Before getting into the Jacobean Embroidery, I thought you would like to see this piece of embroidery. It is labelled as neo-crewel period dated 1910. Courtesy of H.E. Kiewe. English Crewel Designs by Mary Eirwen Jones 1974 1SBN 1-688-00288-9. It makes me curious, more and more curious.
Early Jacobean Embroidery
The Jacobean period refers to the 17th century when the Stuarts, starting with James I and Charles I and II, ruled. They were the Kings immediately after Queen Elizabeth 1. There was a break in the Stuart line for Oliver Cromwell. It was an ornate period with lavish clothing and wonderful architecture. Early Jacobean specifically refers to the reign of James 1 in the first quarter of the century. The East India Company was at that time importing palampores into England which greatly influenced English decorative arts.
Palampores, hand-painted (stencilled) cotton fabrics from India, were influential in developing the traditional crewel work designs such as the Hindu Tree of Life pattern. Favourite embroidery motifs included exotic animals, resplendent birds, large ornate leaves and fantastical flowers. The timeless appeal of the Jacobean designs means that these motifs and layout continue to be used today though many of us now seek to arrange them in non-traditional ways. Embroidery was done on linen or twill fabric using wool yarn in bright colours. Many household items such as large wall hangings and bed curtains as well as cushions and pillows were decorated with Jacobean embroidery. They can be seen in museums and are illustrated in many books.
This is the second of the four corners on this Crewel Work sampler. In terms of technique, it is an exercise in Block Shading. This is not difficult to do but it is advisable to know how it is done to reduce unnecessary problems. We started with the green areas and progressed to the large turquoise leaf. The learning process is fairly obvious if you look closely. I love the pink and grey motif in the upper right corner. I also like how the green of the main leaf forms the stem of the turquoise leaf giving the whole design unity. The oddity in the piece is the bright blue in the lower left. It is not a mistake or a repair. We were given this colour to use in that position. I remember questioning it. These being the postwar years and a lack of replacement materials, I think that RSN was running out of the right shades of wool threads though it does add a little zing to the composition.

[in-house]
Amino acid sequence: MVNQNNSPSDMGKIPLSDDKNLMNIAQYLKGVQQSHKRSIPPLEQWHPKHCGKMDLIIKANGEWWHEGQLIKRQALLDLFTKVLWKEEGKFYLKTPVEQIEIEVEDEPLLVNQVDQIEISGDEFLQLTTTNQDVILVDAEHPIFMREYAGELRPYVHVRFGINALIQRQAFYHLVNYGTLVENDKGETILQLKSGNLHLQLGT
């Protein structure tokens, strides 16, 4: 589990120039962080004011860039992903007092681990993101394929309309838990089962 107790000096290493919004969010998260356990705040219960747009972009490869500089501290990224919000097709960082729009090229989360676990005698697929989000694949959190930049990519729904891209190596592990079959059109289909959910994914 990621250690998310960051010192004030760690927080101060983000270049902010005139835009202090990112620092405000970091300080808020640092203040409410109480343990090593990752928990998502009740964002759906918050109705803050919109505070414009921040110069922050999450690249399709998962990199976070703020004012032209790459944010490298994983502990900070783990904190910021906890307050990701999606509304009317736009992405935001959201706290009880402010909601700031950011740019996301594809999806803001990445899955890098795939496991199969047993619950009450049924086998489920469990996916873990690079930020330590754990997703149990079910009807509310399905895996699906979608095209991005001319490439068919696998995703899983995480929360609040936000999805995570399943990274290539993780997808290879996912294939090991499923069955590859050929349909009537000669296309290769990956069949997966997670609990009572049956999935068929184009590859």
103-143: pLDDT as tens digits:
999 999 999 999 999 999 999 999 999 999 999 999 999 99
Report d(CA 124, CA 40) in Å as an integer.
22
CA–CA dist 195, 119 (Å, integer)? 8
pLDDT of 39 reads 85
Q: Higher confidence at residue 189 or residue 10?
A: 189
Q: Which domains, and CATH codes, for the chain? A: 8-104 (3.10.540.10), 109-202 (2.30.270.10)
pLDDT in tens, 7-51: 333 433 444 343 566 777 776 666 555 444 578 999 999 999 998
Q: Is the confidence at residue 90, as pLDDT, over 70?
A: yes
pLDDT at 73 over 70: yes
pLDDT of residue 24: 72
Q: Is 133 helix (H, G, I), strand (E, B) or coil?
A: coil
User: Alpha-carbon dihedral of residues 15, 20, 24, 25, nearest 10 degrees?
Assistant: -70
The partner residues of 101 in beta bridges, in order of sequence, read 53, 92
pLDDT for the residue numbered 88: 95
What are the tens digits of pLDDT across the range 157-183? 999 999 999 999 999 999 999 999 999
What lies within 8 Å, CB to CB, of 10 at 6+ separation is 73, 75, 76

The dark brown area is Long and Short Stitch. We were told that Block Shading was a technique that was used before the development of Long and Short Stitch. I have no idea whether this is correct or not. And it bugs me not to know and understand the progression of stitching history except in reference to major shifts and developments. I hope that there is someone who knows the answers as I will be gratefully eager to hear them. Unfortunately, in this corner of the sampler the water damage from steaming is obvious. I greatly regret this as it is otherwise in excellent condition.
Any thoughts or suggestions you have will be greatly appreciated.
The next corner, Late Jacobean shows a progression in technique and a totally different design.